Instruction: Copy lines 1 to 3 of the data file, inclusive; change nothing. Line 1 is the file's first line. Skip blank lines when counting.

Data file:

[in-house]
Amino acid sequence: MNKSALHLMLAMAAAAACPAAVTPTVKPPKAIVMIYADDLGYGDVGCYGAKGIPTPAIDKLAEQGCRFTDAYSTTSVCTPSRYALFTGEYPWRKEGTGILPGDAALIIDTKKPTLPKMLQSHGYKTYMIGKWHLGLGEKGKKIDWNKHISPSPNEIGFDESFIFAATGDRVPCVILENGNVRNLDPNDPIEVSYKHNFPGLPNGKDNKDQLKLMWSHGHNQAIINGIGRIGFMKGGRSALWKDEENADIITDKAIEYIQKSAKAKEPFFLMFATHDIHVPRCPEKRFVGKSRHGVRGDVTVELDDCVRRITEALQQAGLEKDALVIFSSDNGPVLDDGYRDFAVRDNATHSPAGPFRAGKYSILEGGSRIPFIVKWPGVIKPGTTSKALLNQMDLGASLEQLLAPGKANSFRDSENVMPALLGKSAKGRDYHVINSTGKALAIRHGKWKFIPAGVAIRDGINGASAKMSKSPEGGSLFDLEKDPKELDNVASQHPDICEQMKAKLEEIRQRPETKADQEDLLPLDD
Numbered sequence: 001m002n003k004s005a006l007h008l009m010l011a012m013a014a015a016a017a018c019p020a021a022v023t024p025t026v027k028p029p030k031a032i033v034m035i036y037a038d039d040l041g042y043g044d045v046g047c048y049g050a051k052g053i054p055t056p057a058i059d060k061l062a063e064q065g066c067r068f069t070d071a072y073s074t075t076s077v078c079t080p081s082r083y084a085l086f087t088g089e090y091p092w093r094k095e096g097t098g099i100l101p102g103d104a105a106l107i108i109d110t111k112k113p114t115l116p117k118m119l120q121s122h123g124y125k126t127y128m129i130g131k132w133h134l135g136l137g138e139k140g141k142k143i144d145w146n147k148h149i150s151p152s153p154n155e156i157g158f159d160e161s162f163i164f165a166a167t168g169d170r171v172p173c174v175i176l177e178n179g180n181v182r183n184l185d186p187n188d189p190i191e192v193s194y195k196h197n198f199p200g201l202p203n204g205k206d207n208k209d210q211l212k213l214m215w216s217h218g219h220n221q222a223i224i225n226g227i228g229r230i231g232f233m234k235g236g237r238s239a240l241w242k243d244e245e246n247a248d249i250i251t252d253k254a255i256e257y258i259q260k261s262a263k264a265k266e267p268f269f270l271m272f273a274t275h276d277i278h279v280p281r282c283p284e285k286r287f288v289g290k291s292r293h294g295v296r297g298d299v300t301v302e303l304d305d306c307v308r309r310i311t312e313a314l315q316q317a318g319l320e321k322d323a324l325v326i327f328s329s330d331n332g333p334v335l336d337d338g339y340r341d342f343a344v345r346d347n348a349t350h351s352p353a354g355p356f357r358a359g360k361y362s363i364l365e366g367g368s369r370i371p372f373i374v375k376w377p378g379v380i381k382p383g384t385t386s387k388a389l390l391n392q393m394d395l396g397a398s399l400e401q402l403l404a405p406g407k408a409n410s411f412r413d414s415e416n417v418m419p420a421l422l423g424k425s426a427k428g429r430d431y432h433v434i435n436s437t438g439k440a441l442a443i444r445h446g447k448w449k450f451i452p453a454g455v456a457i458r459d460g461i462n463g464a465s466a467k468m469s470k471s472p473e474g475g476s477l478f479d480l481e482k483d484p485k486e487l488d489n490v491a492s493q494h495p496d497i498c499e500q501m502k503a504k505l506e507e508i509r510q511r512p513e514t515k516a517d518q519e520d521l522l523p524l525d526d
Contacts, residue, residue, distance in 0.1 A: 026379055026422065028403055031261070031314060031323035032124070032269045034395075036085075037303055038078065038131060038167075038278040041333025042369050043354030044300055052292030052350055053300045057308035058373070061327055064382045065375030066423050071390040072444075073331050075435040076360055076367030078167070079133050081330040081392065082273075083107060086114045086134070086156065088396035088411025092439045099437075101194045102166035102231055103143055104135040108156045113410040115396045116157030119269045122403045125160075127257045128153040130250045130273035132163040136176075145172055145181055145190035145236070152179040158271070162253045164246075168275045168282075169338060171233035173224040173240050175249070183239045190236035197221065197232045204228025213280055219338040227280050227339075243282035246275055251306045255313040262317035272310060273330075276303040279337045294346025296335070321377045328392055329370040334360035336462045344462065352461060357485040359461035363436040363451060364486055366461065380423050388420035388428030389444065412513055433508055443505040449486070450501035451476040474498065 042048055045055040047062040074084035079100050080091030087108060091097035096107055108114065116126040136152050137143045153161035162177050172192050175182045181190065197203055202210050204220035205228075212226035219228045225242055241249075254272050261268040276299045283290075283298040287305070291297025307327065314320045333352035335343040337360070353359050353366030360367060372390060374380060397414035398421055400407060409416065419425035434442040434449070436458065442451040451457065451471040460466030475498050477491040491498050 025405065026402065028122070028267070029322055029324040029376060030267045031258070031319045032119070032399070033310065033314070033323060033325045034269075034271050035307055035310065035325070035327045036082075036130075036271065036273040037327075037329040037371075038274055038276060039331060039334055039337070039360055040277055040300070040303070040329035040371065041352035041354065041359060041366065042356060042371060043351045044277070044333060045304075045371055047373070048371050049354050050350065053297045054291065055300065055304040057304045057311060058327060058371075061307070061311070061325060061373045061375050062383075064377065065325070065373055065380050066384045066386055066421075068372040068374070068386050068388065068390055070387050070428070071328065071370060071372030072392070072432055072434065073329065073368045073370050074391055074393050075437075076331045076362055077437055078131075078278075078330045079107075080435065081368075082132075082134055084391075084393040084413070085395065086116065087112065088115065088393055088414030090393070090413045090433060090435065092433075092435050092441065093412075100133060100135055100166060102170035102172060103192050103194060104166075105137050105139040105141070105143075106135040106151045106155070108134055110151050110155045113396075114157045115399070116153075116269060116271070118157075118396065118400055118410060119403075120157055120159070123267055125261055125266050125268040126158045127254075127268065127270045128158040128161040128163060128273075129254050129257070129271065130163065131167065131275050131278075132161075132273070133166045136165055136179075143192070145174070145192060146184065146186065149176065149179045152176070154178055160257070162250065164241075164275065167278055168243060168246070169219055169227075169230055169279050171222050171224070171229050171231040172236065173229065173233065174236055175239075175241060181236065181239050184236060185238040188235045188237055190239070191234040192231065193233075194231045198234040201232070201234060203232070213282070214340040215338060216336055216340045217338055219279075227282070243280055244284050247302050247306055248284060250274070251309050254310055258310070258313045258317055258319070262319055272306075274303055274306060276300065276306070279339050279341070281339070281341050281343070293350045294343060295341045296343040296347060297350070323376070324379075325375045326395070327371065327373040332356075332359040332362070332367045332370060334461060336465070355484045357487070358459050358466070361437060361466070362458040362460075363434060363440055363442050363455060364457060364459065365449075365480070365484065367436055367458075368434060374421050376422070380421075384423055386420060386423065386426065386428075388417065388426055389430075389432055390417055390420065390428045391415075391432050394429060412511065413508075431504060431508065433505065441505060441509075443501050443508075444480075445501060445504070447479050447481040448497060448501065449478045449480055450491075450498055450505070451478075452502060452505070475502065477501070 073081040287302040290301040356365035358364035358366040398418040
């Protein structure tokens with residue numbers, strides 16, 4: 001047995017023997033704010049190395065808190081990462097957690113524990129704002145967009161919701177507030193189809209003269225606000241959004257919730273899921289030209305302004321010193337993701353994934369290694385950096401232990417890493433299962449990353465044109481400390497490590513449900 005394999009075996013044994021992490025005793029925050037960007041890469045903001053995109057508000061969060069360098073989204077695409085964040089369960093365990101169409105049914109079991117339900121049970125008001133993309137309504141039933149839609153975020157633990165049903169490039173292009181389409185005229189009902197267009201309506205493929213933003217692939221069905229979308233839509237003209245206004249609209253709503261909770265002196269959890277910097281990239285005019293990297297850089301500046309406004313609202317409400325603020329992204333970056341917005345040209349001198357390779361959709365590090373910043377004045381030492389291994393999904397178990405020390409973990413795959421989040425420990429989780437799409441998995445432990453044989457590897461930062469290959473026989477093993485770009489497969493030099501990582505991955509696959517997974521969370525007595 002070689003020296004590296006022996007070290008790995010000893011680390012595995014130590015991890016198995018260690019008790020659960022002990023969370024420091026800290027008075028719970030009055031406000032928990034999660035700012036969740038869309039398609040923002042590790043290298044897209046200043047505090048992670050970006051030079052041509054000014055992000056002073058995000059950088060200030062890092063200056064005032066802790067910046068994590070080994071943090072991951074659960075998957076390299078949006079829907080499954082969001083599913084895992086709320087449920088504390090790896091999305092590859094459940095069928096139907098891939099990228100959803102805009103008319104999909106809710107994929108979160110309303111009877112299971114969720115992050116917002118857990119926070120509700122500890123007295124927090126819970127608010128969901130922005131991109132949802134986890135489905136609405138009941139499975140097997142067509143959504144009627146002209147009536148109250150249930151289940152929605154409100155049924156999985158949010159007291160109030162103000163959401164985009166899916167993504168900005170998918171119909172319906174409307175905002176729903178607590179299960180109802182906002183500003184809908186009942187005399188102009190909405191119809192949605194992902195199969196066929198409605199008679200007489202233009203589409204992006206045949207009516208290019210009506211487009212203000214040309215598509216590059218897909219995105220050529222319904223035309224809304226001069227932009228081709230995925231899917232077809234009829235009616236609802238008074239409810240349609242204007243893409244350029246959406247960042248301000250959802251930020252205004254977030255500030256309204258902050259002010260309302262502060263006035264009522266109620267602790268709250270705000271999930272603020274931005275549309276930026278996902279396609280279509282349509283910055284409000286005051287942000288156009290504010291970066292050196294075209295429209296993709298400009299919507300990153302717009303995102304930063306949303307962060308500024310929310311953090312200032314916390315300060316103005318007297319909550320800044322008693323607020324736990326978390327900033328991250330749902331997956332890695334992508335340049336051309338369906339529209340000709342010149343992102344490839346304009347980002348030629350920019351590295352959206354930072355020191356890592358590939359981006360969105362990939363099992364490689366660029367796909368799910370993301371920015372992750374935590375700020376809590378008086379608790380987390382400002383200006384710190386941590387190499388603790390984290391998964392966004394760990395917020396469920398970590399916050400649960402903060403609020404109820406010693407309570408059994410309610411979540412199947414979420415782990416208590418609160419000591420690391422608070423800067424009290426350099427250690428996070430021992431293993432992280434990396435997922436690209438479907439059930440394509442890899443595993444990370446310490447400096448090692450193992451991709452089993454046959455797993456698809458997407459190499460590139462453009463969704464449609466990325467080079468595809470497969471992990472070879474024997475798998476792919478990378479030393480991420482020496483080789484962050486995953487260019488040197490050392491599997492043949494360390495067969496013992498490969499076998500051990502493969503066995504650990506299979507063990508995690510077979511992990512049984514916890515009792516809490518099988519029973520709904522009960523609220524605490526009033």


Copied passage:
[in-house]
Amino acid sequence: MNKSALHLMLAMAAAAACPAAVTPTVKPPKAIVMIYADDLGYGDVGCYGAKGIPTPAIDKLAEQGCRFTDAYSTTSVCTPSRYALFTGEYPWRKEGTGILPGDAALIIDTKKPTLPKMLQSHGYKTYMIGKWHLGLGEKGKKIDWNKHISPSPNEIGFDESFIFAATGDRVPCVILENGNVRNLDPNDPIEVSYKHNFPGLPNGKDNKDQLKLMWSHGHNQAIINGIGRIGFMKGGRSALWKDEENADIITDKAIEYIQKSAKAKEPFFLMFATHDIHVPRCPEKRFVGKSRHGVRGDVTVELDDCVRRITEALQQAGLEKDALVIFSSDNGPVLDDGYRDFAVRDNATHSPAGPFRAGKYSILEGGSRIPFIVKWPGVIKPGTTSKALLNQMDLGASLEQLLAPGKANSFRDSENVMPALLGKSAKGRDYHVINSTGKALAIRHGKWKFIPAGVAIRDGINGASAKMSKSPEGGSLFDLEKDPKELDNVASQHPDICEQMKAKLEEIRQRPETKADQEDLLPLDD
Numbered sequence: 001m002n003k004s005a006l007h008l009m010l011a012m013a014a015a016a017a018c019p020a021a022v023t024p025t026v027k028p029p030k031a032i033v034m035i036y037a038d039d040l041g042y043g044d045v046g047c048y049g050a051k052g053i054p055t056p057a058i059d060k061l062a063e064q065g066c067r068f069t070d071a072y073s074t075t076s077v078c079t080p081s082r083y084a085l086f087t088g089e090y091p092w093r094k095e096g097t098g099i100l101p102g103d104a105a106l107i108i109d110t111k112k113p114t115l116p117k118m119l120q121s122h123g124y125k126t127y128m129i130g131k132w133h134l135g136l137g138e139k140g141k142k143i144d145w146n147k148h149i150s151p152s153p154n155e156i157g158f159d160e161s162f163i164f165a166a167t168g169d170r171v172p173c174v175i176l177e178n179g180n181v182r183n184l185d186p187n188d189p190i191e192v193s194y195k196h197n198f199p200g201l202p203n204g205k206d207n208k209d210q211l212k213l214m215w216s217h218g219h220n221q222a223i224i225n226g227i228g229r230i231g232f233m234k235g236g237r238s239a240l241w242k243d244e245e246n247a248d249i250i251t252d253k254a255i256e257y258i259q260k261s262a263k264a265k266e267p268f269f270l271m272f273a274t275h276d277i278h279v280p281r282c283p284e285k286r287f288v289g290k291s292r293h294g295v296r297g298d299v300t301v302e303l304d305d306c307v308r309r310i311t312e313a314l315q316q317a318g319l320e321k322d323a324l325v326i327f328s329s330d331n332g333p334v335l336d337d338g339y340r341d342f343a344v345r346d347n348a349t350h351s352p353a354g355p356f357r358a359g360k361y362s363i364l365e366g367g368s369r370i371p372f373i374v375k376w377p378g379v380i381k382p383g384t385t386s387k388a389l390l391n392q393m394d395l396g397a398s399l400e401q402l403l404a405p406g407k408a409n410s411f412r413d414s415e416n417v418m419p420a421l422l423g424k425s426a427k428g429r430d431y432h433v434i435n436s437t438g439k440a441l442a443i444r445h446g447k448w449k450f451i452p453a454g455v456a457i458r459d460g461i462n463g464a465s466a467k468m469s470k471s472p473e474g475g476s477l478f479d480l481e482k483d484p485k486e487l488d489n490v491a492s493q494h495p496d497i498c499e500q501m502k503a504k505l506e507e508i509r510q511r512p513e514t515k516a517d518q519e520d521l522l523p524l525d526d